The project concluded its fieldwork phase in summer 2011, but as with any archaeological project, most of the hard(est!) work comes in processing, identifying and writing up the results (a phase known as ‘post excavation’ or ‘post-ex’). This has been proceeding well. Jane Harrison has been analysing the site stratigraphy, matrices, plans and sections; Mike Athanson has continued to build a GIS-based mapping framework into which the geophysical and field survey results are being entered; SUERC has continued to provide us with radiocarbon dates which are being subject to Bayesian statistical analysis by Derek Hamilton; Diane Alldritt’s archaeobotanical work is in excellent shape; Ingrid Mainland has just finished her main analysis of the animal bone and marine shell to add to fish remains by Rebecca Nicholson; the finds are being tackled by Colleen Batey (iron and worked bone), Amanda Forster (steatite), Derek Hall (pottery) and Steve Ashby (combs); the soil geochemistry is being worked on by Roger Doonan and micromorphology by Helen Lewis. A specialist working seminar at Historic Scotland in Edinburgh in March 2013 was a notable milestone, and David Griffiths had another very productive visit to Historic Scotland and AOC Conservation in April 2014.
The project received a huge boost very recently when David Griffiths was offered a British Academy/Leverhulme Senior Research Fellowship for the next academic year to ensure its progress towards a final publication. Read more about David's award.
2012 Current Archaeology Awards
The uncovering of a massive Norse longhouse at Skara Brae in Orkney is the work of archaeologist Dr David Griffiths, Director of Studies in Archaeology. He and Dr Jane Harrison, outreach officer on the East Oxford Community Archaeology project, have written a research article, Settlement Under the Sand, were a contender for Current Archaeology magazine's Research Project of the Year 2012.
Since 2003, survey and geophysics have been carried out at two locations on the west mainland of Orkney, at Birsay Bay and the Bay of Skaill.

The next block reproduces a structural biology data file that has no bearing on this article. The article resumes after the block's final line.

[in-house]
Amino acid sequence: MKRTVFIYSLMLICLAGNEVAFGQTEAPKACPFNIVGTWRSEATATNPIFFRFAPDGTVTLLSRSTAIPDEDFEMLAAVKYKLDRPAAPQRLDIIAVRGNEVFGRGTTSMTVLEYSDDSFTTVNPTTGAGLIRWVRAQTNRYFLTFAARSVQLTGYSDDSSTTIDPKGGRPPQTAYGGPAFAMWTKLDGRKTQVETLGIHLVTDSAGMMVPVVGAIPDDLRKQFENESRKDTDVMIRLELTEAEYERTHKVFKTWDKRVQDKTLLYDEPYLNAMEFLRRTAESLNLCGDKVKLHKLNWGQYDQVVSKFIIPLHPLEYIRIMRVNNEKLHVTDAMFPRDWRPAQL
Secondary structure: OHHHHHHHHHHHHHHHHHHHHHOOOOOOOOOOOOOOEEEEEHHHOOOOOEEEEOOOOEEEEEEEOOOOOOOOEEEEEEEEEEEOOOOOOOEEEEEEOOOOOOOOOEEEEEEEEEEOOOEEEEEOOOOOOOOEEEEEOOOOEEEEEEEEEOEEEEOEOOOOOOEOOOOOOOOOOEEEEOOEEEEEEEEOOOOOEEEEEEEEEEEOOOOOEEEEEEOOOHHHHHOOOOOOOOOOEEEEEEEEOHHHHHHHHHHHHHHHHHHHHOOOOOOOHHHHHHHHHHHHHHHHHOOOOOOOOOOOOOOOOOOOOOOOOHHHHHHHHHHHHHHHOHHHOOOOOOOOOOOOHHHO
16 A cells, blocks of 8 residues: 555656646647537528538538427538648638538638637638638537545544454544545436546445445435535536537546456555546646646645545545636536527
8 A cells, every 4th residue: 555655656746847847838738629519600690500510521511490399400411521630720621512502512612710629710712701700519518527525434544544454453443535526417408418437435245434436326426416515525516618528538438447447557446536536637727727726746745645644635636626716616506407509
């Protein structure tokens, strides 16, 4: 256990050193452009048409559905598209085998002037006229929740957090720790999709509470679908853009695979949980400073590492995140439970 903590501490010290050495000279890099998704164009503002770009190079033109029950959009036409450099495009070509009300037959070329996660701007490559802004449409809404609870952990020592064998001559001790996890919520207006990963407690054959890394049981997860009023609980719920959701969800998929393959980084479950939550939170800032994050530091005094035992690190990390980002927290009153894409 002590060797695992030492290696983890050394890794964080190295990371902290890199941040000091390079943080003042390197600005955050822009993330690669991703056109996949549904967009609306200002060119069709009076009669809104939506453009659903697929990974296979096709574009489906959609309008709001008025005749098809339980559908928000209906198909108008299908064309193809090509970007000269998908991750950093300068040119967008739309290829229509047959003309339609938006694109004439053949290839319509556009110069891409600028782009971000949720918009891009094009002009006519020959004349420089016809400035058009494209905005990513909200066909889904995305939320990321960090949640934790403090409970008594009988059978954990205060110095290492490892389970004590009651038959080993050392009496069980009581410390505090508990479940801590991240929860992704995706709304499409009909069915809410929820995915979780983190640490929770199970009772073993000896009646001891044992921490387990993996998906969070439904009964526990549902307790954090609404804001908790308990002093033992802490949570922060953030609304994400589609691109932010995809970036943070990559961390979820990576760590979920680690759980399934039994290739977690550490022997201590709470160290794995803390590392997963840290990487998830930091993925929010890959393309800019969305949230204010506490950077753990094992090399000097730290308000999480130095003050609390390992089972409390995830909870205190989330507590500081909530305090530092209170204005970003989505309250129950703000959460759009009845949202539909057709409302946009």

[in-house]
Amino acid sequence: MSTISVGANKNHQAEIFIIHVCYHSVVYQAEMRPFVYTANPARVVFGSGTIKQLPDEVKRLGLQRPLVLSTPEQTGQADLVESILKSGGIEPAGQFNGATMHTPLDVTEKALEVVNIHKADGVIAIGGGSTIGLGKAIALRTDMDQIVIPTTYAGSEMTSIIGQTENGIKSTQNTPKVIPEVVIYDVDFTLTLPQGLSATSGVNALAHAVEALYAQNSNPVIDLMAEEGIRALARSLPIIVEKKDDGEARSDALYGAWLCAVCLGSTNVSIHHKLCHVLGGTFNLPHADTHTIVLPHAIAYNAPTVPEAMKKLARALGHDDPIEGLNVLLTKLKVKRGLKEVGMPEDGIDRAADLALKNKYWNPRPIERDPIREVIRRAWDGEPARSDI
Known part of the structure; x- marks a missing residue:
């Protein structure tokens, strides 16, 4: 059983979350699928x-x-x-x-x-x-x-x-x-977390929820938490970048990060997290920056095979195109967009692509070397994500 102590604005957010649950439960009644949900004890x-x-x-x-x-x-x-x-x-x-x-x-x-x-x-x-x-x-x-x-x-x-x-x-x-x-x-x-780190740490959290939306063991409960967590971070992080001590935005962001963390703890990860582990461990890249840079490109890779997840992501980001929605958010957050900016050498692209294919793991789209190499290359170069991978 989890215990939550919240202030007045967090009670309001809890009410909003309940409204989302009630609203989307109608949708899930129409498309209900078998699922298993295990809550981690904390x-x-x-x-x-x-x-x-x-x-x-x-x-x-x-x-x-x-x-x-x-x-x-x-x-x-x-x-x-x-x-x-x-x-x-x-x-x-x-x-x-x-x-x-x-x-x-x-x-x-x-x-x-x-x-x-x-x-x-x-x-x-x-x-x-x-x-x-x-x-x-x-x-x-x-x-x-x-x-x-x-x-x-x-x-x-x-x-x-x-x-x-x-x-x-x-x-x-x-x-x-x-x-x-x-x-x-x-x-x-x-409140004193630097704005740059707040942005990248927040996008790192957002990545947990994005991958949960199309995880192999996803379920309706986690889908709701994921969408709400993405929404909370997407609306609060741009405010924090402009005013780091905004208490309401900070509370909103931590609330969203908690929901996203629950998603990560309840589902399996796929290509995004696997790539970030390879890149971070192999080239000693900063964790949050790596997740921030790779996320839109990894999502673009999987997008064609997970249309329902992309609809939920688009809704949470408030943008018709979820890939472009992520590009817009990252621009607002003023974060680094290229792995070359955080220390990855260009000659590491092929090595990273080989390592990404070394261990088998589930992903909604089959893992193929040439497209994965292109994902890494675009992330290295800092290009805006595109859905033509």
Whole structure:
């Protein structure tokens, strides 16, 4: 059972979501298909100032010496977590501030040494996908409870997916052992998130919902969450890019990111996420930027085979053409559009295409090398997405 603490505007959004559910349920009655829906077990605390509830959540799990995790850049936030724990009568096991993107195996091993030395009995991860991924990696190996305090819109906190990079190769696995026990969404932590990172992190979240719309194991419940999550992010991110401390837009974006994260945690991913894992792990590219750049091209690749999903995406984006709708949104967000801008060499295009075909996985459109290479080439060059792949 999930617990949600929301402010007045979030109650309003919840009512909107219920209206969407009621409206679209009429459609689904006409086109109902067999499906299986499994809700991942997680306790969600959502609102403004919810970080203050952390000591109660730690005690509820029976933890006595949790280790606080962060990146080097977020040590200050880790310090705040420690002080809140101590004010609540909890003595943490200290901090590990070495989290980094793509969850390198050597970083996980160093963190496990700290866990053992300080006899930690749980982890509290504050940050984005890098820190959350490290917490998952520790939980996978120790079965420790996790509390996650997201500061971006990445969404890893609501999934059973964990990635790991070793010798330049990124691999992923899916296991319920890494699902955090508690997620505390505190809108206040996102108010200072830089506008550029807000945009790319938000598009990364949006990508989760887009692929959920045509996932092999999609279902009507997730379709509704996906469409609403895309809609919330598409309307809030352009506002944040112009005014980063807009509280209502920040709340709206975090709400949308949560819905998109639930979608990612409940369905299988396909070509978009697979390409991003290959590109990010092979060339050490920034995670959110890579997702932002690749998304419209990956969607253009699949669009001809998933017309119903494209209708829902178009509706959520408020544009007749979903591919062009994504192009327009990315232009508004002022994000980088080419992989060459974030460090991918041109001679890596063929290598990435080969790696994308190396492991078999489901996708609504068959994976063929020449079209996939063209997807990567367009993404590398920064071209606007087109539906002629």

These areas were selected because they are characterised by sandy low-lying landscapes, fronting bays where coastal erosion has been severe. Most sites found so far have been disturbed by the sea, most famously Skara Brae in 1850.
Small-scale ‘rescue’ excavation in the 1970s succeeded in recording a series of rich sites, but these were small in extent and the wider landscape remained an under-researched and untapped resource. As the threat of coastal erosion grows, we can only hope to understand its likely effects in future by researching the whole landscape picture.
A major element in our work is piecing together the evidence for past climate change. The areas covered by this project are covered by varying depths of windblown sand, a factor which has severely affected the environment in the past. Humans have adapted to this by stabilising and managing the landscape for agriculture and settlement, but at times - such as the end of the ‘Medieval Warm Period’ in the 14th 15th centuries AD - the effects of the incoming sand have been so severe that settlements and fields have been abandoned and people have moved elsewhere.
In 2007, we were also fortunate to obtain an additional grant from Historic Scotland to undertake a geophysical survey on the Brough of Birsay, a tidal island on the NW tip of Orkney mainland which is perhaps Orkney’s most important early historic site of the Pictish and Norse periods. This is being carried out by Orkney College Geophysics Unit.